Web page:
Computing @ HLC Primary
The curriculum for Computing at HLC is bespoke and designed around the needs of our children. We recognise that technology, the internet and digital media forms a huge part of children’s daily lives and our curriculum reflects this. It is important for our pupils to become digitally literate and able to use technology to express themselves to become active participants in a digital world. Our curriculum is designed so that children can apply their computational thinking and logic skills gained from their Computing education to be able to problem solve effectively in other subjects and also in wider life.
Through our curriculum offer, children gain key knowledge and skills in the three main areas of the computing curriculum:
- Computer Science – programming and understanding how digital systems work,
- Information Technology – using technology to create media and share ideas
- Digital Literacy – evaluating digital content and using technology safely and respectfully
Computing skills are taught both discretely and across the wider curriculum, supporting other areas of learning across the school. Children have experiences of all three strands in each year group right from the beginning of school, but the subject knowledge imparted becomes increasingly specific and in depth. As children move through school, they actively build on their learning from previous years, with more complex skills being taught. All learning begins with ‘unplugged’ activities where children practise the skills in a real life context before applying the skills to more abstract situations.
For Computer Science in KS1, children begin to explore algorithms through looking at instructions. They learn key vocabulary and concepts that they will need throughout their Computing education, that algorithms need to be specific and precise for a computer to be able to understand them. They then move into programming floor toys such as BeeBots and then controlling sprites in Scratch Junior. In LSK2, children write scripts for multiple sprites that interact with each other, and then write code that allows a user to interact with the sprite onscreen. In UKS2, children explore variables to create games that have multiple outcomes and keep a score. In Year 6, children begin to link their learning to other areas of programming, such as Microbits and look back at how Computer Science has developed in history.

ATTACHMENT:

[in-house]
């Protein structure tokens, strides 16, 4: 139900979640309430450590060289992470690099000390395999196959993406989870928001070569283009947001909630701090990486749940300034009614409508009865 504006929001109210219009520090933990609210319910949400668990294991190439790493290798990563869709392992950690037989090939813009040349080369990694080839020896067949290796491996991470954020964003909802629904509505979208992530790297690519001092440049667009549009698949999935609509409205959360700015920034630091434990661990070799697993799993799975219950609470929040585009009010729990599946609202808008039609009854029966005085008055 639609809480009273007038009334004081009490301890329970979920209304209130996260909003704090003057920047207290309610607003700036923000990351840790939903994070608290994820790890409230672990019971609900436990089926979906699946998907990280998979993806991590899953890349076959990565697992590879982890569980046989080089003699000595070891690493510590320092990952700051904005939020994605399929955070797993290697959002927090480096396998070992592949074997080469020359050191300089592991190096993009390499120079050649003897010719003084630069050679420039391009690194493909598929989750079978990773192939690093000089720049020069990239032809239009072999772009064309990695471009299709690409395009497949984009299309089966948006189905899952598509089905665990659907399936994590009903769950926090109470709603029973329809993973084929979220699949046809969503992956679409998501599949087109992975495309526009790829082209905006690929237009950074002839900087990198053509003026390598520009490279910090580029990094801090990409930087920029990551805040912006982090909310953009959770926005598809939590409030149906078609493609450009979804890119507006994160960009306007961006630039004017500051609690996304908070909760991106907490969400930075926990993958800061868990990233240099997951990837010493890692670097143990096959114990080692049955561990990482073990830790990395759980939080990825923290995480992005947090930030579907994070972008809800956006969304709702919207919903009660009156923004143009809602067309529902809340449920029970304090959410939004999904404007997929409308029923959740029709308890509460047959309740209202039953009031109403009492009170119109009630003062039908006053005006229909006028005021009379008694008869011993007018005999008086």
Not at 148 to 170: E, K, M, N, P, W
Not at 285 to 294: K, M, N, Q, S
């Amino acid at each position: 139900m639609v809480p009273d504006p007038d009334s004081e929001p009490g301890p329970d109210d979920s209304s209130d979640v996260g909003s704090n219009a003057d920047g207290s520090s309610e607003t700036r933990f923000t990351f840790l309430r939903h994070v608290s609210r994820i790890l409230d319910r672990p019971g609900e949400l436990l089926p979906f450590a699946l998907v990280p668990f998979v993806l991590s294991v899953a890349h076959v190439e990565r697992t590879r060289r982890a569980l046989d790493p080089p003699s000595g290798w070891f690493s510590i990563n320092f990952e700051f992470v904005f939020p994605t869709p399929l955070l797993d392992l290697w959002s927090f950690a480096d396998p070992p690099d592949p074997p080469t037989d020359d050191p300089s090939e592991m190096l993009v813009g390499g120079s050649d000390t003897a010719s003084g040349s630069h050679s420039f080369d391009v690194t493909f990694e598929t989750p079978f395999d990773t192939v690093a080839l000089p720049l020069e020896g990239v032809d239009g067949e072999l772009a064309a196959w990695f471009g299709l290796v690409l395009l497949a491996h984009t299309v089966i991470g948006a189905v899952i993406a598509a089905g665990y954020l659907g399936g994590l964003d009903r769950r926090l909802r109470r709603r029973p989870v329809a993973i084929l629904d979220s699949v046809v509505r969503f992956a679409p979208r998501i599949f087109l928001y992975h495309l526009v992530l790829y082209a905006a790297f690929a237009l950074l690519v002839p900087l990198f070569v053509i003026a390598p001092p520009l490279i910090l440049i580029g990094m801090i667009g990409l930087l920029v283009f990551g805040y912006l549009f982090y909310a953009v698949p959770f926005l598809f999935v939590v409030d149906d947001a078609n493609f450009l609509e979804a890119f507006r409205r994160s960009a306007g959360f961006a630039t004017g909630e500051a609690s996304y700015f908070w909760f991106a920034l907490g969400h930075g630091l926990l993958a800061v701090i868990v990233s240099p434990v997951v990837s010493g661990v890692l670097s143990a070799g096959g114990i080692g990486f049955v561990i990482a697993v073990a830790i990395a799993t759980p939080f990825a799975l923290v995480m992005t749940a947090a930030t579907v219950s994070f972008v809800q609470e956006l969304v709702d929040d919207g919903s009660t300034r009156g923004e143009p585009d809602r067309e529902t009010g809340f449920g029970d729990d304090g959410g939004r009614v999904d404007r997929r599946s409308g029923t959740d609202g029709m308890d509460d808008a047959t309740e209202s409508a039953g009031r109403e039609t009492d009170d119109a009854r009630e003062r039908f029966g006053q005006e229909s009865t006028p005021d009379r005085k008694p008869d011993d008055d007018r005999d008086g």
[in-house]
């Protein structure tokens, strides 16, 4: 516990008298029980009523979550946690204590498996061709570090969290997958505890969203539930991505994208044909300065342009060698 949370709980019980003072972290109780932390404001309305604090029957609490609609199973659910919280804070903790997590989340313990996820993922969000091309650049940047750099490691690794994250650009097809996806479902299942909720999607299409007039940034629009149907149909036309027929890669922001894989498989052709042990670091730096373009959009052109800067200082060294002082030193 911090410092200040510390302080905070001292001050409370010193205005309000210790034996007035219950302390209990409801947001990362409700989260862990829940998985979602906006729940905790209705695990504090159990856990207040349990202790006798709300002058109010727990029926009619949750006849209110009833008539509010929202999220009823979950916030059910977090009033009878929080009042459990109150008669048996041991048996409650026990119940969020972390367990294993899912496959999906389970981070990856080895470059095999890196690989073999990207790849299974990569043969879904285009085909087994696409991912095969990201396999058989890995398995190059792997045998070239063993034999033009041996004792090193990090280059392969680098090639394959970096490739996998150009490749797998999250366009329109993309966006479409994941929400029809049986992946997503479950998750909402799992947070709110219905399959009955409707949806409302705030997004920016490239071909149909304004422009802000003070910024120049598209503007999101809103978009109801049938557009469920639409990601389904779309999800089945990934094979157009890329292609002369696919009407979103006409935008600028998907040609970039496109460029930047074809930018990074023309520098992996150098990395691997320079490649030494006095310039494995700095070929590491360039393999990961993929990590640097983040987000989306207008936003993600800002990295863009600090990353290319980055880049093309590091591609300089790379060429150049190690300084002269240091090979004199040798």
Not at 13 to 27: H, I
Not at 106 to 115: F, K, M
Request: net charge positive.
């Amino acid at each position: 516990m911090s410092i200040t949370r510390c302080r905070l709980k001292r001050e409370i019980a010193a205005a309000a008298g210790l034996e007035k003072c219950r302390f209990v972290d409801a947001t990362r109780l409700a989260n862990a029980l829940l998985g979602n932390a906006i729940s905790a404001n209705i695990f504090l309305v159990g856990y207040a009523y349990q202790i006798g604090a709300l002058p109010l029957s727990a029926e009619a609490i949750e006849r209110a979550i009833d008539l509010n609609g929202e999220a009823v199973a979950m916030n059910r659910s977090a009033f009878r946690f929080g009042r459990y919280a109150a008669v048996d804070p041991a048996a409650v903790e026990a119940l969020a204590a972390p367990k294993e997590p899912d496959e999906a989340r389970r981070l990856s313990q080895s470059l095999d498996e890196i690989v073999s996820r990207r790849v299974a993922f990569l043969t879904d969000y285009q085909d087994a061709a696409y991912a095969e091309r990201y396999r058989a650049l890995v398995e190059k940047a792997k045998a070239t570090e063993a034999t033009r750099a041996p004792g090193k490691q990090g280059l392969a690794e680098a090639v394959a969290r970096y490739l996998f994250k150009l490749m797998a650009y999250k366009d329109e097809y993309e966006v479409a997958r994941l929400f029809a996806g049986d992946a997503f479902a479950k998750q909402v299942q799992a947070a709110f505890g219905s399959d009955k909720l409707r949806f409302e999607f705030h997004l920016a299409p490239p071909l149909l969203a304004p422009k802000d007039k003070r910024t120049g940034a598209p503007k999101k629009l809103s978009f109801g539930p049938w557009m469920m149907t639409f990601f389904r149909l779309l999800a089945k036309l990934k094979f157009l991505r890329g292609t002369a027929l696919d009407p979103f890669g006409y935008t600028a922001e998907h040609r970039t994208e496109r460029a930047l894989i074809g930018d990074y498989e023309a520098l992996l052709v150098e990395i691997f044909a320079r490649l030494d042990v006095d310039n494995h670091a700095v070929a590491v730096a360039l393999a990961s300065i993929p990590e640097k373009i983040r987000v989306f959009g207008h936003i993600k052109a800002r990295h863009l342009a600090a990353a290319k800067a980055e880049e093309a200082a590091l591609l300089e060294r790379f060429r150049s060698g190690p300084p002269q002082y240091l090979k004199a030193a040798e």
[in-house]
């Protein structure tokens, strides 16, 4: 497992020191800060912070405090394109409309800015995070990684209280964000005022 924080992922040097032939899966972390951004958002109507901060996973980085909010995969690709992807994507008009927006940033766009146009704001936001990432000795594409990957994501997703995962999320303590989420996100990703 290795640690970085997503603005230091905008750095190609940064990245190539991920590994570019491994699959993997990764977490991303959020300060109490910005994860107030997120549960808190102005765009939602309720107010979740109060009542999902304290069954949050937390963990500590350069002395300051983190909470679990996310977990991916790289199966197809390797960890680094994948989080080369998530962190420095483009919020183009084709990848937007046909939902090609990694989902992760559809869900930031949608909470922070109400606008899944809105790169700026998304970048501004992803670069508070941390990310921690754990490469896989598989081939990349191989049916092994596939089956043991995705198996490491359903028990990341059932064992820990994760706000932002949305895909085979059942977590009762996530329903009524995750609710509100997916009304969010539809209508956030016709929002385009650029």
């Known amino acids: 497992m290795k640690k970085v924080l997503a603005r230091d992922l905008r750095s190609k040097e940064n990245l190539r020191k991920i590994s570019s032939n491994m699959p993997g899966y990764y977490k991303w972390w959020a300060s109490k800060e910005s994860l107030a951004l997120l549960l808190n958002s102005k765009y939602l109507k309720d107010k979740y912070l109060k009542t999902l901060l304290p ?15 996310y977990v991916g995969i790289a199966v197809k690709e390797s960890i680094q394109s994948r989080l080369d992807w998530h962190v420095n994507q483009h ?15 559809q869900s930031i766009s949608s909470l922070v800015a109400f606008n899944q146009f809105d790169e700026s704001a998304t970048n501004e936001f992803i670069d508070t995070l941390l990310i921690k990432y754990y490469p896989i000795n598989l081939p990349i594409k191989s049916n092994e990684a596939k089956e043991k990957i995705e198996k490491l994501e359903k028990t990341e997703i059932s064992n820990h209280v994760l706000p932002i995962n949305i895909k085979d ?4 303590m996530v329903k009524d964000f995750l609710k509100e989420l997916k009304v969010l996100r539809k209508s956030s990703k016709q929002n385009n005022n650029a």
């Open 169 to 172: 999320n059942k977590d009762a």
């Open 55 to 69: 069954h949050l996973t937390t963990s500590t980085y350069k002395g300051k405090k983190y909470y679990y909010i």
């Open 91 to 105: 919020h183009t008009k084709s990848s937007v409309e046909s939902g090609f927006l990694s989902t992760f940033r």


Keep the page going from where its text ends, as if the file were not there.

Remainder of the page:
In Digital Literacy, KS1 children begin by exploring what technology is and how it is used at home, school and in the wider world. They learn the names of the key component parts of a computer and the role that they play. They learn about inputs and outputs and about how we can use text and image icons to communicate. In LKS2 children learn about cybersecurity and personal information, including the effect that viruses can have. Children then look at the advantages and disadvantages that the internet offers for online collaboration, including intellectual property and how ideas are protected online. In upper KS2, children refine their understanding of reliability of information found on the internet by exploring hoax websites, and then look at how networks are arranged and investigate methods of keeping information secure through encryption. Children also look at computer language and explore data transfer using binary.
Alongside teaching in PSHE, we cover aspects of eSafety through our Digital Literacy lessons. The curriculum for eSafety is well-planned and is bespoke to meet the needs of our children. It is updated regularly to reflect current emerging issues and the ever-changing concerns surrounding eSafety.
As part of their learning for Information Technology, we enable our children to have experiences with a range of different hardware and software in order for them to become confident and competent users of technology. From the beginning of school, children are encouraged to use a range of devices as part of their daily learning. IT projects are embedded across the curriculum so that all children have the opportunity to experience technology. All year groups have exposure to Microsoft Office products to ensure that they are proficient in their use by the time they enter secondary school. Alongside this, children have multiple opportunities each year to use technology to create, such as audio/visual manipulation software, 3D design, HTML and robotics. We are lucky to have a Green Screen setup in school, which all year groups use to enhance learning across the curriculum linked to the topic being studied.